Delaware Decision Reminds Directors to Oversee Public Disclosures
October 4, 2019

Delaware law usually protects directors in making good faith business decisions.  However, sometimes the failure of directors to oversee a company’s compliance with legal requirements will be so troublesome that this is not the case – providing the basis for a “Caremark claim.”  In a recent decision, the Delaware Court of Chancery found that the plaintiffs adequately pled Caremark breach of fiduciary duty claims for failure of oversight of industry-specific regulation as well as of public statements and SEC disclosures.

In In re Clovis Oncology Derivative Litigation,[1] the Court of Chancery denied a motion to dismiss based on plaintiffs’ claim that the directors failed to adequately monitor compliance of the company’s clinical trials of its key drug with applicable regulatory protocols.  The Court also found that plaintiffs adequately pled that the directors failed to oversee the company’s disclosures to ensure that they properly reflected the status of the drug’s development.  In so doing, the Court emphasized the distinction between a board’s oversight of the company’s management of business risk inherent in its business plan and a board’s oversight of the company’s compliance with regulatory requirements, especially when a key product is involved.[2]

The Court’s findings, based upon the allegations in the complaint, provide a roadmap of how not to run a clinical trial and how not to disclose the results publicly.  According to the complaint, although the company adopted an accepted clinical trial protocol, it failed to follow that protocol by including unconfirmed response rates to the drug in its reported results, which it knew would prevent obtaining FDA approval.  The complaint outlines other problems with the clinical trial, including failure to disclose serious side effects from the drug.  Although the Court found that the board had implemented a reporting or information system, it held that the complaint adequately alleged that the board knew of the clinical trial protocol and management’s failures to comply with it, but did nothing to address this fundamental problem.  The Court also found that the board allowed misleading disclosures of the status of the clinical trial and that the failures of oversight caused the loss when the value of the company plummeted after its failed drug trial was disclosed.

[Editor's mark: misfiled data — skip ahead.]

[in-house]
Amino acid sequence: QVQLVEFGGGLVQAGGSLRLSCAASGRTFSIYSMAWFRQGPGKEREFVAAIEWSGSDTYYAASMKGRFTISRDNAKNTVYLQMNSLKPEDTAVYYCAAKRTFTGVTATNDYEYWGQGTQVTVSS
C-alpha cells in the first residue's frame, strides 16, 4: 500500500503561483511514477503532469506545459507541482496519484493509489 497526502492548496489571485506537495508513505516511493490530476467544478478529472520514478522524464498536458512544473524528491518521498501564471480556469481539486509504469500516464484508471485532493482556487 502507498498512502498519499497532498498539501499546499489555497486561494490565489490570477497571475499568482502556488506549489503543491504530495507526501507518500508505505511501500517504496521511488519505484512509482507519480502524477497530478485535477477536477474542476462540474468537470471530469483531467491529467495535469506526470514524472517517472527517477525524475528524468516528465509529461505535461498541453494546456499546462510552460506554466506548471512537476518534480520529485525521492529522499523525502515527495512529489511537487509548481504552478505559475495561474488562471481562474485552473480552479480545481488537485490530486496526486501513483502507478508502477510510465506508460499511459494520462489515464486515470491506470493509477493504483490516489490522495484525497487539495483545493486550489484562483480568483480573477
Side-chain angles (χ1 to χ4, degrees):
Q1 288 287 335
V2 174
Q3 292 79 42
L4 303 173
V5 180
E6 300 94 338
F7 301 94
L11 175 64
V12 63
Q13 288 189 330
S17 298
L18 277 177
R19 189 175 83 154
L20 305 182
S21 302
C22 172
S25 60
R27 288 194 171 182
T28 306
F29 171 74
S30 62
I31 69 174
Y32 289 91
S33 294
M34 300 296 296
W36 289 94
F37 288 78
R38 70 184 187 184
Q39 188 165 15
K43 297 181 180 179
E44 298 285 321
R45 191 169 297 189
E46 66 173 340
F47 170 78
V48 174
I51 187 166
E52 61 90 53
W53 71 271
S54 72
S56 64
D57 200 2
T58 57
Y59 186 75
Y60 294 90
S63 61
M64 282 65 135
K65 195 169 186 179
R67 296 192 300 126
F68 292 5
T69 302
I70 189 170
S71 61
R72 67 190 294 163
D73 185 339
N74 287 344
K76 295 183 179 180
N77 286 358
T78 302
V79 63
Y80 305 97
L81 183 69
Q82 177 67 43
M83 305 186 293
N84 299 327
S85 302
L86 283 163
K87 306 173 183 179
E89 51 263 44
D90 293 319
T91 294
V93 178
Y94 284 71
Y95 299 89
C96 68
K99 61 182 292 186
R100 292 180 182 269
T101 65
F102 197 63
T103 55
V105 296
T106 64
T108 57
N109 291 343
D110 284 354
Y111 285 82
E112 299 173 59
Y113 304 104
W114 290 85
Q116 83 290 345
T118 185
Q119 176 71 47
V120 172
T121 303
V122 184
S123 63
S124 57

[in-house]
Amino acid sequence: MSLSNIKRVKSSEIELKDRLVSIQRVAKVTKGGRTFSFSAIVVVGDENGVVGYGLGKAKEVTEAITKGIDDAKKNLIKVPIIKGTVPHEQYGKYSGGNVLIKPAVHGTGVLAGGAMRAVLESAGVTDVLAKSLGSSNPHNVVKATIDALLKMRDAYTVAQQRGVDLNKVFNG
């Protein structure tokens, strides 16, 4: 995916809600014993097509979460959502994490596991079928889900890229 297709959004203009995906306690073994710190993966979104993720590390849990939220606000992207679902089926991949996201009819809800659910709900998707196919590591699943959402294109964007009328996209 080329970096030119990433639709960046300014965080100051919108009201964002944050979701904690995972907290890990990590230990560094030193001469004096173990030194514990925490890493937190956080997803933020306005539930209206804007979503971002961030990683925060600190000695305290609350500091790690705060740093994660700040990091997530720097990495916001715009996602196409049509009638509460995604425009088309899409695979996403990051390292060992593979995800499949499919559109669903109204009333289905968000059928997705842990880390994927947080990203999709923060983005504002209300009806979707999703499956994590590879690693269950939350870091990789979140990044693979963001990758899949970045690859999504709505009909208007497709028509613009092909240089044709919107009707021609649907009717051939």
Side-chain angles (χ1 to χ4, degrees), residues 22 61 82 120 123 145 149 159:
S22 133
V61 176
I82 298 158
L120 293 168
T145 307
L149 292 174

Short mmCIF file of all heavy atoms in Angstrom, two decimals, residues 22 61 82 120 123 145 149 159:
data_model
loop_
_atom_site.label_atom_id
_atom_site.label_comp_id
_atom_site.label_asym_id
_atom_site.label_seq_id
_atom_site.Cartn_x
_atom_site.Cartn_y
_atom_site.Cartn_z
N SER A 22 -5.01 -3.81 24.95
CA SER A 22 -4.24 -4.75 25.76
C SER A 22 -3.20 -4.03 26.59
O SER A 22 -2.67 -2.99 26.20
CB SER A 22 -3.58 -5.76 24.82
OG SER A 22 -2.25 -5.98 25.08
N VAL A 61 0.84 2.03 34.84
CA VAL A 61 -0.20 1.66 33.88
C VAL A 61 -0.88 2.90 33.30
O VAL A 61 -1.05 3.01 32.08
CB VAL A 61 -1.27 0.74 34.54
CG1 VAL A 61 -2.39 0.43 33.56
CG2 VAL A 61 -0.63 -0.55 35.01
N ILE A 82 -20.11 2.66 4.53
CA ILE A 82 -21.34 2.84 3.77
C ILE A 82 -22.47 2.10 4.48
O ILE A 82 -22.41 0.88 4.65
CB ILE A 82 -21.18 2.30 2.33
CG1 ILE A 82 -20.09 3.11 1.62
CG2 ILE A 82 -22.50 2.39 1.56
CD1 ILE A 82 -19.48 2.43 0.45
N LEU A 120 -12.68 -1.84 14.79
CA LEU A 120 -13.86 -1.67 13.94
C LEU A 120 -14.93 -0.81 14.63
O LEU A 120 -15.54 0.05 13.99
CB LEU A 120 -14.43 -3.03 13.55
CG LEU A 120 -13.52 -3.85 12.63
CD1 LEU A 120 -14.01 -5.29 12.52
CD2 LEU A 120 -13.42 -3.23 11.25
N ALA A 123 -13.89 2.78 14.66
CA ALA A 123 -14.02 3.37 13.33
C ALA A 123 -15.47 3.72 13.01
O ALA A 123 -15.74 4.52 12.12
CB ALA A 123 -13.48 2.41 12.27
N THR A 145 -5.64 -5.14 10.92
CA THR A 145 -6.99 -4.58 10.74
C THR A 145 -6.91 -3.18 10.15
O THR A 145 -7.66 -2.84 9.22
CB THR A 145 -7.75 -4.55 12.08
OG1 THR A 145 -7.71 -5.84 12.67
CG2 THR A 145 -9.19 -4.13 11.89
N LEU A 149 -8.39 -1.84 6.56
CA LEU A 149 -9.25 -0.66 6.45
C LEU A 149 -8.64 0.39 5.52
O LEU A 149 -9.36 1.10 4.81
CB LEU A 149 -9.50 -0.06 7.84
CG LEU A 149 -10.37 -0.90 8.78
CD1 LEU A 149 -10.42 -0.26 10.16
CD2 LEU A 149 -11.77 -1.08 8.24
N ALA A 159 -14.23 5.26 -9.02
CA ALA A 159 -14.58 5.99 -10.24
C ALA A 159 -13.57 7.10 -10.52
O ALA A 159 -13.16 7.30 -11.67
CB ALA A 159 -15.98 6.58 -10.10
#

While Caremark oversight duties apply generally, it is now clear that they have particular impact when there are regulatory mandates that require compliance.  These oversight duties have special importance for directors of drug development companies because these companies operate in a highly regulated environment, typically with only a few key products and often with significant risk of failure.

This decision also is a reminder that board members can have responsibility for the accuracy of a company’s public disclosures and should take into account what they know from their other board activities when they review those disclosures.

[1] Consolidated C.A. No. 2017-0222-JRS (Oct. 1, 2019).

[2] See our prior report here, discussing Rojas v. Ellison, C.A. No. 2018-0755-AGB (July 29, 2019) (citing Marchand v. Barnhill but dismissing a Caremark claim of failing to oversee compliance with a settlement).

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